“If you must blink, do it now. Pay careful attention to everything you see, no matter how unusual it may seem. If you look away, even for an instant, then our hero will surely perish.”
These are the opening lines of Kubo and the Two Strings, which definitely grabbed my attention. Kubo is a stop-motion film produced by Laika (for Focus Features), and it’s really not a children’s movie, even though it’s being marketed as such; there were some scary scenes throughout, especially with the 3D effects, that I’d recommend for children no younger than 8 years old.
Kubo (voiced by Art Parkinson, Game of Thrones) lives with his mother, who isn’t quite right – during the day, she is wonderful and can speak with Kubo and tell him stories, but at night, she mentally “checks out.” During the day, Kubo goes to the nearby village to tell stories using the 3-stringed instrument he has – he can make origami dance to illustrate the story, too – but he must always return home by nightfall, otherwise bad things will happen, says his mother. One night, Kubo stays out a little too late, and finds himself being chased by his mother’s sisters (Rooney Mara), immortal beings who want his eye to bring to his grandfather, also an immortal being. His mother uses the last of her magic to protect him, and he then finds himself on the run from the Sisters, and on a quest to fulfill his destiny.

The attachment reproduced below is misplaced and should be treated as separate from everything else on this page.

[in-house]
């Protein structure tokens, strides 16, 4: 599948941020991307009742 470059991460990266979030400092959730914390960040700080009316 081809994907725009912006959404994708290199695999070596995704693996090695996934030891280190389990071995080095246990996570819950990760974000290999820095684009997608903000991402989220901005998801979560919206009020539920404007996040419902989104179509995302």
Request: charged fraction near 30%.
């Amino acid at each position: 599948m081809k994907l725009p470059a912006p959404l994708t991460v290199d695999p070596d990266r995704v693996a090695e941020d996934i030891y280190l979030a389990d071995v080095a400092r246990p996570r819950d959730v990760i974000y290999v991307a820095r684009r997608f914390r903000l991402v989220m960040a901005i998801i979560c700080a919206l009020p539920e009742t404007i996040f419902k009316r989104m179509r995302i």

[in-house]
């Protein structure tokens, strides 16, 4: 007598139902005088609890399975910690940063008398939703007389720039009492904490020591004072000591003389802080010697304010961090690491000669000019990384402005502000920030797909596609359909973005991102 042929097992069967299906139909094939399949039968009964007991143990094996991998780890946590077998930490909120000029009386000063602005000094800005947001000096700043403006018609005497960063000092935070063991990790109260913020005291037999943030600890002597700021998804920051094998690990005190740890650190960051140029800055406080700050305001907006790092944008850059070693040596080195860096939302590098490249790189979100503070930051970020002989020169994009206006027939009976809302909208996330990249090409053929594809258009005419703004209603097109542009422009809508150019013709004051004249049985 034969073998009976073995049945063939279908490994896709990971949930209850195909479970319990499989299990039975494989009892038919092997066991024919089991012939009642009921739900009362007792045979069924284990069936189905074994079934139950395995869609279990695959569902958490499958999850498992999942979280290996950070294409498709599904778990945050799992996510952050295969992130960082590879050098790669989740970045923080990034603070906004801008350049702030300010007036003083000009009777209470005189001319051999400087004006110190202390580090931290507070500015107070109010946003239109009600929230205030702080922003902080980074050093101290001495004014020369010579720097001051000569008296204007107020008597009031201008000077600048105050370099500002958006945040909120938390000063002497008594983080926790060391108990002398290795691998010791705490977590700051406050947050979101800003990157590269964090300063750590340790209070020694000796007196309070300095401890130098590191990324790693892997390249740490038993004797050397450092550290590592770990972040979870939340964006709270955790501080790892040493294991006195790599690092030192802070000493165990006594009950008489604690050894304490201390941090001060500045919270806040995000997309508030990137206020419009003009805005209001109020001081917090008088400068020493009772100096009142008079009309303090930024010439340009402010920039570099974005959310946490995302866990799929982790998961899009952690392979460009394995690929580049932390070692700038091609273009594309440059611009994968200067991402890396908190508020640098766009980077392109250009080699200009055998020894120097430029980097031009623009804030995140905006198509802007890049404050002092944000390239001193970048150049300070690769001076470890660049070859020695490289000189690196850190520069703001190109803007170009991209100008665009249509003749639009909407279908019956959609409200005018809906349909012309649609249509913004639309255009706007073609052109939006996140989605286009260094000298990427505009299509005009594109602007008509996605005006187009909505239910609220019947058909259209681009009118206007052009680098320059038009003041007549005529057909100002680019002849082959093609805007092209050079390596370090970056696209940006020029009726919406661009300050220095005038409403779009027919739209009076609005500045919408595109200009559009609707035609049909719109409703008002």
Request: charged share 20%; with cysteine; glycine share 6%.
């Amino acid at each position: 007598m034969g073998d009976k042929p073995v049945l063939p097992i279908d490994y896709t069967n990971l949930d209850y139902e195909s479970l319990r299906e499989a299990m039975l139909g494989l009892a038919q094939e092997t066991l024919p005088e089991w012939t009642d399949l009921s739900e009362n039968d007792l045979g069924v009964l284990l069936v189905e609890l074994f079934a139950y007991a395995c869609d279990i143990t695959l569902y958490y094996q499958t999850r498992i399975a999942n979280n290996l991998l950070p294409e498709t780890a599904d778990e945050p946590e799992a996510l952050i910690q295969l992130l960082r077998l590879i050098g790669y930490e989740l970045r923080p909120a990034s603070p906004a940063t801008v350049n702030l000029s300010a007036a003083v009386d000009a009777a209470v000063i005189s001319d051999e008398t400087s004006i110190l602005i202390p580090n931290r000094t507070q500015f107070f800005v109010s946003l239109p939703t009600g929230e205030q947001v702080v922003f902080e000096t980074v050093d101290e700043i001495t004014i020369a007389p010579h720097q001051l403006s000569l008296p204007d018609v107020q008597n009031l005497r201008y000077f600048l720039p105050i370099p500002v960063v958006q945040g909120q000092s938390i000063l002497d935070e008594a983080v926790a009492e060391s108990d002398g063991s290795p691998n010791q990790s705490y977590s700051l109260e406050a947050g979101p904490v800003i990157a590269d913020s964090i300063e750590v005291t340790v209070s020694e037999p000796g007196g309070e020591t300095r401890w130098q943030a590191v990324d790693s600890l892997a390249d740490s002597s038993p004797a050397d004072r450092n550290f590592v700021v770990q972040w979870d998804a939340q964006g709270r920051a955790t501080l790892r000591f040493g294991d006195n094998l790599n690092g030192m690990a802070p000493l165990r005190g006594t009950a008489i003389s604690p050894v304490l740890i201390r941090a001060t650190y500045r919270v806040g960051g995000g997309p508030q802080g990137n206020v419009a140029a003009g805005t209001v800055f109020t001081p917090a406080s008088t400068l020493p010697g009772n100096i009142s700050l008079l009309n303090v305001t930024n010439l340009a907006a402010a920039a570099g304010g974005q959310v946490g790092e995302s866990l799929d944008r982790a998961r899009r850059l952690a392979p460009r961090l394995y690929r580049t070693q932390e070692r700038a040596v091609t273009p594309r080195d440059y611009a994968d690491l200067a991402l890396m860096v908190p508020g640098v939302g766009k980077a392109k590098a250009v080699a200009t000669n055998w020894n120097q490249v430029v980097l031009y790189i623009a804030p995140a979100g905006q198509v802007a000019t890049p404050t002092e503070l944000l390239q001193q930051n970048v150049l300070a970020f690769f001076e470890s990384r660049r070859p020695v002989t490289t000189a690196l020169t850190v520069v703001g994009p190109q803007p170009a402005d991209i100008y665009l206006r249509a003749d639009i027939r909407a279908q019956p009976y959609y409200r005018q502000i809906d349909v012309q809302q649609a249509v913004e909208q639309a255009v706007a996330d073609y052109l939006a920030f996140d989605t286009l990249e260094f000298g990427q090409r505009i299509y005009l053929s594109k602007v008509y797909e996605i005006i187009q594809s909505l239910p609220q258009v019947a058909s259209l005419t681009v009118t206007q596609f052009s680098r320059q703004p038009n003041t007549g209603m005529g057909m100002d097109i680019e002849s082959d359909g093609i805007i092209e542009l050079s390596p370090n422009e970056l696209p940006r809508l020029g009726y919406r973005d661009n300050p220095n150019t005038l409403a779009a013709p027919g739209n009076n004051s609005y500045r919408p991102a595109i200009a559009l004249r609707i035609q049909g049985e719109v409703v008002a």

The voice cast in this film was great. Matthew McConaughey plays Beetle, someone that Kubo encounters while on the run, and Charlize Theron plays Monkey, who helps protect Kubo on his journey. George Takei has a cameo at one point, too, as does Ralph Fiennes, and Rooney Mara plays the Sisters, who were very creepy (their mouths don’t move!) and reminded me of the twins in The Shining, actually; they want to harm Kubo, too.
Yes, see this movie, and see it in 3D if you can – the 3D at the beginning of the film was just okay, but soon, images started to pop off the screen, and it was very good. I really think this is more of a movie for adults than kids, although kids will appreciate the great visuals; there’s a scene were a dragon of sorts chases Kubo, and that really popped off the screen too, so I’d think that younger kids might get scared. There was also light humor throughout, which I liked, and Kubo’s adventure is an interesting one; the film reminded me of a traditional Japanese tale being acted out, which in a way it actually was.
Kubo and the Two Strings is in theaters today, August 19th, and is rated PG with a runtime of 101 minutes. 3.5 stars out of 5.